By Dave Herrera
By Jesse Livingston
By Cory Casciato
By Jon Solomon
By Jesse Livingston
By Alejandra Loera
By Stephanie March
By Tom Murphy
To the Faithful Departed
There's a fine line between a distinctive voice and an annoying voice, and Dolores O'Riordan is on the wrong side of that line. Following in the footsteps of prime-time Stevie Nicks, whose singing recalls the bleating of a herd of sheep in an especially agitated mood ("Rhia-a-a-a-a-a-a-nnon!"), O'Riordan channels a wide variety of the earth's beasts. Sometimes, as during the introduction to "Forever Yellow Skies," she lets go with a water fowl's mating call. And she's equally adept at meowing, as she proves in the wordless portion of the painfully obvious "I Shot John Lennon" (punctuated by gunshots--how profound). Her most frequently employed effect, though, is a burro's bray that calls to mind the animated Pinocchio at the precise moment that a snaky tail bursts through the seat of his pants. On "Salvation" (or should I say, "Sal-VAAAAAAA-tion"), she pounds at the hook with the single-mindedness of Richard Speck--or perhaps Mr. Ed. The result is a tune that sticks in your cranium no matter how desperately you try to remove it. The other compositions aren't nearly so memorable, in part because their quality doesn't come close to matching their ambition: "I'm Still Remembering," a salute to dead people (JFK and Kurt Cobain among them) that reads like the kind of sensitive high school essays that are the specialty of young women who dot their "i"s with smiley faces, is pretty much par for the course. Faithful is not the VH1-friendly throwaway these guys could have made, and for that I suppose I should be grateful. But after listening to O'Riordan warble an earnest folk song about Bosnia ("When do the saints go marching in?") for five interminable minutes, I'm not.
Charles & Eddie
Charles Pettigrew and Eddie Chacon don't possess an original idea between their two heads, but this NYC-based black/Latino soul duo sure resuscitate some good ones. Wet Willie's "Keep on Smilin'," an entertaining Southern-rock hit, serves as a notable example; the R&B oldie "24-7-365" is another. Likewise, the manner in which the falsetto chorus in "Jealousy" rubs up against Spragga Benz's bullying toast feels unpretentiously secondhand (even though I can't put my finger on the source). Some of you may grumble that the late-night grooves, murmured vocals and indirect lyrics of the so-called original tunes here add up to a Sade record. But the real source of the horn parts and organ chords that decorate these songs is mid-Seventies Al Green--a proud pedigree if ever there was one. As a result, Chocolate Milk hits pleasure spots that are as small as measles but far less painful to scratch.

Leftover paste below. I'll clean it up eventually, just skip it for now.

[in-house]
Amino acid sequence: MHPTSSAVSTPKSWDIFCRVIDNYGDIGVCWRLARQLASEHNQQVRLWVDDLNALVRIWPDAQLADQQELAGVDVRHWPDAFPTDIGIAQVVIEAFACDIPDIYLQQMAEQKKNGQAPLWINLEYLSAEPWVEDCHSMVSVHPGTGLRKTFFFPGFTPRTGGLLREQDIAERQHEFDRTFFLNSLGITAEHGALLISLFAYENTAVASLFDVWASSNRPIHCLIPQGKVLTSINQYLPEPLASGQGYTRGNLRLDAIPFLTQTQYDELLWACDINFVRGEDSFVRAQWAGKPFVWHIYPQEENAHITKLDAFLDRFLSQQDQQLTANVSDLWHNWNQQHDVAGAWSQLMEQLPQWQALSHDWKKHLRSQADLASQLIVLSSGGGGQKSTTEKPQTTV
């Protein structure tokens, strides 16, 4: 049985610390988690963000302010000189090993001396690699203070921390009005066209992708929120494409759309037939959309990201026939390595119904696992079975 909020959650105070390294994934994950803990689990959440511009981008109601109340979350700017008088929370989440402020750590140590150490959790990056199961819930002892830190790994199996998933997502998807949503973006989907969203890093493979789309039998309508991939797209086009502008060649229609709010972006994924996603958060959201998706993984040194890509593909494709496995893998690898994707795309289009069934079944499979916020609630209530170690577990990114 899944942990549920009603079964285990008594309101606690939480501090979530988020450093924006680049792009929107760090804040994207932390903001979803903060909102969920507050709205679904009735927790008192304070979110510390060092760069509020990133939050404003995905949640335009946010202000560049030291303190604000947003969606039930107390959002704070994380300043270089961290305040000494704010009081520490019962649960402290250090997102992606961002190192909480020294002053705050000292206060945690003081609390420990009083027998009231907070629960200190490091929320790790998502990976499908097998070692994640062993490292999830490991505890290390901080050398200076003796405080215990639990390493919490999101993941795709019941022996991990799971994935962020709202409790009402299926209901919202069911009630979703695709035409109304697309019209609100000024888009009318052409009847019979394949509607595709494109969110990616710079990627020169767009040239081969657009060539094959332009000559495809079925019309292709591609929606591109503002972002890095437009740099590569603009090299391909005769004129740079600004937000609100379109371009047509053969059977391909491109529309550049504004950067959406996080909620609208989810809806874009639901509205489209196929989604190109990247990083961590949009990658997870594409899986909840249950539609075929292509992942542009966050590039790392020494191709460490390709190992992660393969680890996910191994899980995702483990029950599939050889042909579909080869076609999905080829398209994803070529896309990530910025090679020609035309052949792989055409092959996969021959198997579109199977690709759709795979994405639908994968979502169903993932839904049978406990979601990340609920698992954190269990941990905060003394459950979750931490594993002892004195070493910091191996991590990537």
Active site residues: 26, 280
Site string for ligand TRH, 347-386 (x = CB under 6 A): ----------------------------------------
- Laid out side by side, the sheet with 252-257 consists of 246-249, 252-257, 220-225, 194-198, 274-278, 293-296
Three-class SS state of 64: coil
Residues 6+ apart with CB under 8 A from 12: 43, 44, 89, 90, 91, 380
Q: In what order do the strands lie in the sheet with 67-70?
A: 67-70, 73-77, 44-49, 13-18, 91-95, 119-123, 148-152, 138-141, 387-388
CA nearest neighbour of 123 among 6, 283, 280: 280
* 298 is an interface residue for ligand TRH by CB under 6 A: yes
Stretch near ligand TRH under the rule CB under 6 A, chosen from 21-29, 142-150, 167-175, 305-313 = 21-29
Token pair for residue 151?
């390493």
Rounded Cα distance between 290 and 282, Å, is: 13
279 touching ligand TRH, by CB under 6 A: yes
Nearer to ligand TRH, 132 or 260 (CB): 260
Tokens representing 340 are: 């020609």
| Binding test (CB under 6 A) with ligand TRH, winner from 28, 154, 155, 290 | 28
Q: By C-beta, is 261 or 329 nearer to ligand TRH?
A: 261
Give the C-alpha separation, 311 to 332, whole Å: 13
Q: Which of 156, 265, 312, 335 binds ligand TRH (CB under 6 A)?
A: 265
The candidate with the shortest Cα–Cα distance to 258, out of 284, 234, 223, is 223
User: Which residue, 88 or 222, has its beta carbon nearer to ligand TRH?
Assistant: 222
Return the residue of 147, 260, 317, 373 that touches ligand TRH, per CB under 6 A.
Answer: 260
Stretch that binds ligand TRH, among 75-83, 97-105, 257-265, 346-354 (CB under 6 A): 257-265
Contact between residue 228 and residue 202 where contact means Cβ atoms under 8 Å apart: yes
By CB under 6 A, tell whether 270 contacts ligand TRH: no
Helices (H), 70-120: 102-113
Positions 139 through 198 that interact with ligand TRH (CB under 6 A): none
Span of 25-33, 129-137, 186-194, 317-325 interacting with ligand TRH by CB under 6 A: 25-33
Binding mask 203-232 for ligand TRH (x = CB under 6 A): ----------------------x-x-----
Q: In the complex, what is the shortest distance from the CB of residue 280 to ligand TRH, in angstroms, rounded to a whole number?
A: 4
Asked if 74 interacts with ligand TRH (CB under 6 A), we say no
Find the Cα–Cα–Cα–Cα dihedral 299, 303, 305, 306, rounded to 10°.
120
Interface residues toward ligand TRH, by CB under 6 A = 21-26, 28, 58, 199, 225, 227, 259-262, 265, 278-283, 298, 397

The material on this Knoxville foursome's debut disc is melodic enough to sound at home between cuts by Toad the Wet Sprocket and Hootie and the Blowfish. Yet Superdrag's style remains idiosyncratic enough to prevent most right-thinking listeners from diving for the radio dial upon hearing it. "Sucked Out" meshes somewhat cryptic verses regarding the commercialization of rock-and-roll dreams with a plaintive refrain ("Who sucked out the feeling?") delivered with a degree of vocal abandon that virtually guarantees it permanent residence in your frontal lobes. For its part, "Destination Ursa Major" combines the tunefulness of the Rembrandts with the power-pop sensibility of Oasis (without, thank God, any hint of the latter band's pompousness). Granted, some tracks work better than others, but there's hardly a dog in the bunch. Give Superdrag a whiff of national exposure, then, and these pups will hunt.
Looking in the Shadows
Over the course of the past two or three years, oodles of bands from the golden age of punk/new wave have been signed to major-label contracts--and practically all of them have responded to this opportunity by releasing terrible discs and vanishing into the pop-music trivia books again. (The Circle Jerks are back, you say? Not anymore, they're not.) What's most surprising about Looking in the Shadows, then, is simply that it doesn't suck. The early Raincoats material was often atonal and screechy, but that's seldom the case here: Bandleaders Ana da Silva and Gina Birch put their imagistic poetics and fragmentary hooks in a notably tuneful context. There's still a retro sensibility about a significant portion of this material, though, sometimes to its detriment: "Forgotten Words," with its cheap Casiotone whine and tinny arrangement, suggests Siouxsie and the Banshees on a bad day. But "Only Tonight" and "Pretty" are enjoyable pop oddities; "Don't Be Mean" shapes its noise in a dopey and amusing manner; and "Love a Loser," featuring background vocals by Pete Shelley (himself a punk retiree in the midst of a comeback bid), sounds like something with which these four have precious little familiarity--a potential hit. The Raincoats once were legitimately dangerous, and it's something of a pity that Shadows isn't. But the listenability of the album makes it one of the rare reunion platters that deserves to be heard a time or two before it hits the cutout bin.
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